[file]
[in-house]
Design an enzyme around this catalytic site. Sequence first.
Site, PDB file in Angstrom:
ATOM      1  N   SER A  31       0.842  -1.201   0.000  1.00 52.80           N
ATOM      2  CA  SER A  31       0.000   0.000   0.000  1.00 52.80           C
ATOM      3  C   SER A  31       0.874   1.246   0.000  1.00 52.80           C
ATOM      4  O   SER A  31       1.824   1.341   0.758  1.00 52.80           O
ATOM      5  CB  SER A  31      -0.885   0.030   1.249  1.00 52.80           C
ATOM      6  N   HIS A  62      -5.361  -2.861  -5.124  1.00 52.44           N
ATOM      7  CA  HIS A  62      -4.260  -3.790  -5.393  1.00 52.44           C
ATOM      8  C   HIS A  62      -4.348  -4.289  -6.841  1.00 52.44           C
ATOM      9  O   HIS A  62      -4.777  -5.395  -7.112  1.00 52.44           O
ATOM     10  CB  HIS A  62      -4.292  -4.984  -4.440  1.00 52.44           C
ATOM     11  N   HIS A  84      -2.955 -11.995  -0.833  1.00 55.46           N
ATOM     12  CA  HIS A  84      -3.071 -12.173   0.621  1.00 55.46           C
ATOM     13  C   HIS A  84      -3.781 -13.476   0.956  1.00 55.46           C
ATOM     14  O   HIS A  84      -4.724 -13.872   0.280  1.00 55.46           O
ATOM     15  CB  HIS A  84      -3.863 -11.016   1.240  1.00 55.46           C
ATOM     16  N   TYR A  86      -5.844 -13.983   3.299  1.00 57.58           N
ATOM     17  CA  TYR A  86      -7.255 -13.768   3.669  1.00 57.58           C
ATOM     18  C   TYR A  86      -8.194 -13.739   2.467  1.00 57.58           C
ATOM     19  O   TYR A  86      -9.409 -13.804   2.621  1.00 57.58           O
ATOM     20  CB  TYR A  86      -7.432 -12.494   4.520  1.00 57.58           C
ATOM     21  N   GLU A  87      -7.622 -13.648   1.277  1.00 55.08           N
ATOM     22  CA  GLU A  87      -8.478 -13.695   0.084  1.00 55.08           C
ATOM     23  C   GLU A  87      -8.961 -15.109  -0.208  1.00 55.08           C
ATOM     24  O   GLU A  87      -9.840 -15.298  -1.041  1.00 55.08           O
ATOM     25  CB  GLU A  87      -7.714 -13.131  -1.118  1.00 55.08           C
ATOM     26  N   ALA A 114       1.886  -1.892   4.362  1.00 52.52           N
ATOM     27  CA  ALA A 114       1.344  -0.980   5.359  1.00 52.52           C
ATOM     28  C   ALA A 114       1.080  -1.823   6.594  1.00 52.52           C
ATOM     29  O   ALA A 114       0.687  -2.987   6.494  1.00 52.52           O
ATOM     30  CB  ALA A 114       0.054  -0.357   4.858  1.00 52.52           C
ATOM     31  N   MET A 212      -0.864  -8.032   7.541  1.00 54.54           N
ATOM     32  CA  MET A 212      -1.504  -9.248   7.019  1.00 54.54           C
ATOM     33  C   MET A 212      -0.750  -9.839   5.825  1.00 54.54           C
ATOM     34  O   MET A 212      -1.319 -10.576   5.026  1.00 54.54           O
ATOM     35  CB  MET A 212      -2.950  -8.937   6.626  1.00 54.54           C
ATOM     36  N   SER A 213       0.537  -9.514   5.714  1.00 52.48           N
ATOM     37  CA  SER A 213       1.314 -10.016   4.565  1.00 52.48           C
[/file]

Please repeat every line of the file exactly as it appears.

[in-house]
Design an enzyme around this catalytic site. Sequence first.
Site, PDB file in Angstrom:
ATOM      1  N   SER A  31       0.842  -1.201   0.000  1.00 52.80           N
ATOM      2  CA  SER A  31       0.000   0.000   0.000  1.00 52.80           C
ATOM      3  C   SER A  31       0.874   1.246   0.000  1.00 52.80           C
ATOM      4  O   SER A  31       1.824   1.341   0.758  1.00 52.80           O
ATOM      5  CB  SER A  31      -0.885   0.030   1.249  1.00 52.80           C
ATOM      6  N   HIS A  62      -5.361  -2.861  -5.124  1.00 52.44           N
ATOM      7  CA  HIS A  62      -4.260  -3.790  -5.393  1.00 52.44           C
ATOM      8  C   HIS A  62      -4.348  -4.289  -6.841  1.00 52.44           C
ATOM      9  O   HIS A  62      -4.777  -5.395  -7.112  1.00 52.44           O
ATOM     10  CB  HIS A  62      -4.292  -4.984  -4.440  1.00 52.44           C
ATOM     11  N   HIS A  84      -2.955 -11.995  -0.833  1.00 55.46           N
ATOM     12  CA  HIS A  84      -3.071 -12.173   0.621  1.00 55.46           C
ATOM     13  C   HIS A  84      -3.781 -13.476   0.956  1.00 55.46           C
ATOM     14  O   HIS A  84      -4.724 -13.872   0.280  1.00 55.46           O
ATOM     15  CB  HIS A  84      -3.863 -11.016   1.240  1.00 55.46           C
ATOM     16  N   TYR A  86      -5.844 -13.983   3.299  1.00 57.58           N
ATOM     17  CA  TYR A  86      -7.255 -13.768   3.669  1.00 57.58           C
ATOM     18  C   TYR A  86      -8.194 -13.739   2.467  1.00 57.58           C
ATOM     19  O   TYR A  86      -9.409 -13.804   2.621  1.00 57.58           O
ATOM     20  CB  TYR A  86      -7.432 -12.494   4.520  1.00 57.58           C
ATOM     21  N   GLU A  87      -7.622 -13.648   1.277  1.00 55.08           N
ATOM     22  CA  GLU A  87      -8.478 -13.695   0.084  1.00 55.08           C
ATOM     23  C   GLU A  87      -8.961 -15.109  -0.208  1.00 55.08           C
ATOM     24  O   GLU A  87      -9.840 -15.298  -1.041  1.00 55.08           O
ATOM     25  CB  GLU A  87      -7.714 -13.131  -1.118  1.00 55.08           C
ATOM     26  N   ALA A 114       1.886  -1.892   4.362  1.00 52.52           N
ATOM     27  CA  ALA A 114       1.344  -0.980   5.359  1.00 52.52           C
ATOM     28  C   ALA A 114       1.080  -1.823   6.594  1.00 52.52           C
ATOM     29  O   ALA A 114       0.687  -2.987   6.494  1.00 52.52           O
ATOM     30  CB  ALA A 114       0.054  -0.357   4.858  1.00 52.52           C
ATOM     31  N   MET A 212      -0.864  -8.032   7.541  1.00 54.54           N
ATOM     32  CA  MET A 212      -1.504  -9.248   7.019  1.00 54.54           C
ATOM     33  C   MET A 212      -0.750  -9.839   5.825  1.00 54.54           C
ATOM     34  O   MET A 212      -1.319 -10.576   5.026  1.00 54.54           O
ATOM     35  CB  MET A 212      -2.950  -8.937   6.626  1.00 54.54           C
ATOM     36  N   SER A 213       0.537  -9.514   5.714  1.00 52.48           N
ATOM     37  CA  SER A 213       1.314 -10.016   4.565  1.00 52.48           C